Alex St. John, (who has a long history with Microsoft, as the original co-creator of Microsoft’s DirectX gaming technology), is founder of the social gaming firm Magi.com. He is disappointed with Microsoft and feels like Windows 8 is a step back from Windows 7 in user experience. Overall, he has mixed feelings on Windows 8 and games.

“The intrusive store experience will actually drive more consumers toward Apple,” he said. “The Apple feature Microsoft should be copying is the focus on designing innovative products consumers are excited to adopt, not using their channel to impose products that nobody would use given a choice.”

Markus “Notch” Persson, the developer of Minecraft, also criticized Microsoft for requiring apps submitted to the Windows Store be certified. He warned that certification was a step that would “ruin the PC as an open platform.” That was a little strange, since Minecraft has been certified on the Xbox 360, another closed Microsoft platform.

But the points are well taken. The PC is thriving as a game platform, as noted by Jen Hsun-Huang, chief executive of Nvidia. That is partly because it remains open, and closing down parts of the platform is a risky bet by Microsoft. But PC games are also thriving because the game consoles are getting old and the PC is constantly embracing new technology such as better 3D graphics and faster processors.

Microsoft’s previously code-named Metro user interface (pictured right) has beautiful, colorful boxes that you can’t miss if you’re using a touchscreen or a mouse. And PCs are now powerful enough to run such graphics in a responsive way. You can swipe through the interface at high speed. And you can do the same in touch-enabled games that debuted yesterday.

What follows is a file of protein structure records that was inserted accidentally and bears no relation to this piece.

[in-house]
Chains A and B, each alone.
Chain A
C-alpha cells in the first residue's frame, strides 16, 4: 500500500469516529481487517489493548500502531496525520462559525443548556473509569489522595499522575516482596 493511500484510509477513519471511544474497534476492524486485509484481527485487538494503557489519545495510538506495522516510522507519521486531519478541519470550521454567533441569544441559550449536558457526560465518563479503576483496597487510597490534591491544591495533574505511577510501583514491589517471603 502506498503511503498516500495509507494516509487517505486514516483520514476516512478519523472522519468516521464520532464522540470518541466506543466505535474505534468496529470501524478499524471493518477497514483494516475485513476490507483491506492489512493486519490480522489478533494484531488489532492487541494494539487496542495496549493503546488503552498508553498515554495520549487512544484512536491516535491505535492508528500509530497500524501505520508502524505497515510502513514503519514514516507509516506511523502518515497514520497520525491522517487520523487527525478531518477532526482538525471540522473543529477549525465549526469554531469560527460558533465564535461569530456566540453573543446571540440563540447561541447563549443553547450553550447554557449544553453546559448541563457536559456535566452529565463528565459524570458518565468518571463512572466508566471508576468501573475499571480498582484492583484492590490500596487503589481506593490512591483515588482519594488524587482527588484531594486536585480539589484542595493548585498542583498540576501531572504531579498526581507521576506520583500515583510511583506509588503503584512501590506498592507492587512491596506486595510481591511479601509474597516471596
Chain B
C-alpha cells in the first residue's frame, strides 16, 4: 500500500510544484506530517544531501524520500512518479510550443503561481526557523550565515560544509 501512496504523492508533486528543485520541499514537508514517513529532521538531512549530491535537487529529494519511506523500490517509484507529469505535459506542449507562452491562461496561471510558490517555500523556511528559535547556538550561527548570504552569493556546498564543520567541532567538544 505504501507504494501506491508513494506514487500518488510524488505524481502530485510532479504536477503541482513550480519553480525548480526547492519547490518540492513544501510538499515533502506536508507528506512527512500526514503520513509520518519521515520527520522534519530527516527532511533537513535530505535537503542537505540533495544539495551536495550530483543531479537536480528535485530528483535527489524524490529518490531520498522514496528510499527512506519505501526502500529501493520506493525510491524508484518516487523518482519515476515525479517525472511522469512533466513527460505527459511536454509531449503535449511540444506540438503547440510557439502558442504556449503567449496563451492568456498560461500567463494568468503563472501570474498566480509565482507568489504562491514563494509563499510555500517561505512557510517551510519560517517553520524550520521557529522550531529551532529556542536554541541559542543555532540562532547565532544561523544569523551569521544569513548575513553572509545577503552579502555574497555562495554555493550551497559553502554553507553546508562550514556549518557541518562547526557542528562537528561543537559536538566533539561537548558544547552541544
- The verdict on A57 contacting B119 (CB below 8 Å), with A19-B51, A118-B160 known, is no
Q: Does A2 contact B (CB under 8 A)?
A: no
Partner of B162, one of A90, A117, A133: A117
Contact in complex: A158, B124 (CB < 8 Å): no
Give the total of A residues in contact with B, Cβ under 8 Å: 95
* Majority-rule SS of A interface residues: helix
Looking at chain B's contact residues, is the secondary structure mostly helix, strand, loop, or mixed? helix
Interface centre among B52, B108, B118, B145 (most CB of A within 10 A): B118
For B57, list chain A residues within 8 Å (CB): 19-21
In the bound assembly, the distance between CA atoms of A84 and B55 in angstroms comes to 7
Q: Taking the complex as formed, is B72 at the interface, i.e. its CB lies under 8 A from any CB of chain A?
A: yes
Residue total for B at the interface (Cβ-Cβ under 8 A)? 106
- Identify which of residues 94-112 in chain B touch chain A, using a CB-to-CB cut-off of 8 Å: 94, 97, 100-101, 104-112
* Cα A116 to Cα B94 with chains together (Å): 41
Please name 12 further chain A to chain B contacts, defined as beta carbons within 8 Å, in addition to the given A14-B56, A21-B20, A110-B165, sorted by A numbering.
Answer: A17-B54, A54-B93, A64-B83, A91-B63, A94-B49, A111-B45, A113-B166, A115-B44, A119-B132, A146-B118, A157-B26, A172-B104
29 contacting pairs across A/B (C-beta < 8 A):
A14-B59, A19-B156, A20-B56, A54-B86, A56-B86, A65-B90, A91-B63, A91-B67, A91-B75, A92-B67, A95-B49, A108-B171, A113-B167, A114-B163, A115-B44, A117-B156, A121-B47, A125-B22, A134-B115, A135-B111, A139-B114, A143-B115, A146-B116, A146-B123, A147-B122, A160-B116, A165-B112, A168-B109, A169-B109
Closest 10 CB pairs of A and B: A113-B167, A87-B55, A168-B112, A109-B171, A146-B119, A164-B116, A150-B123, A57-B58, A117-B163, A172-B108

Microsoft launched 29 first party games for Windows 8, including three made by Arkadium. Those games are all built using a software development kit (created by more than 100 Xbox engineers) that makes it easy to add lots of features to games. They can come with Xbox Live achievements and automatically run on Windows Phone 8, Windows tablets, and Windows 8 computers. They have the “play, pause, resume” feature, where you can start playing a game on one device, pause it when you go to work, and then resume it on a mobile device or the office PC.

“That is a pretty awesome feature,” Rosenblatt said. “It is a differentiator.”

Zen Studios also worked closely with Microsoft for almost a year to launch its Pinball FX2 game and a huge library of downloadable content on the launch day. Mel Kirk, head of marketing at Zen Studios, said the experience was a great one. It isn’t that easy to launch new content, but Kirk hopes that will become easier over time.

Some developers are giving Microsoft the benefit of the doubt. But they want to see follow-through by Microsoft. Regarding Windows Phone 8, Brad Foxhoven, co-founder of location gaming firm Ogmento, said, “We see this as a great opportunity to support a new mobile platform and reach additional players. It’s impact will come with great games and content. The technology is there; it’s now up Microsoft to help support developers in finding ways to make it stand out.”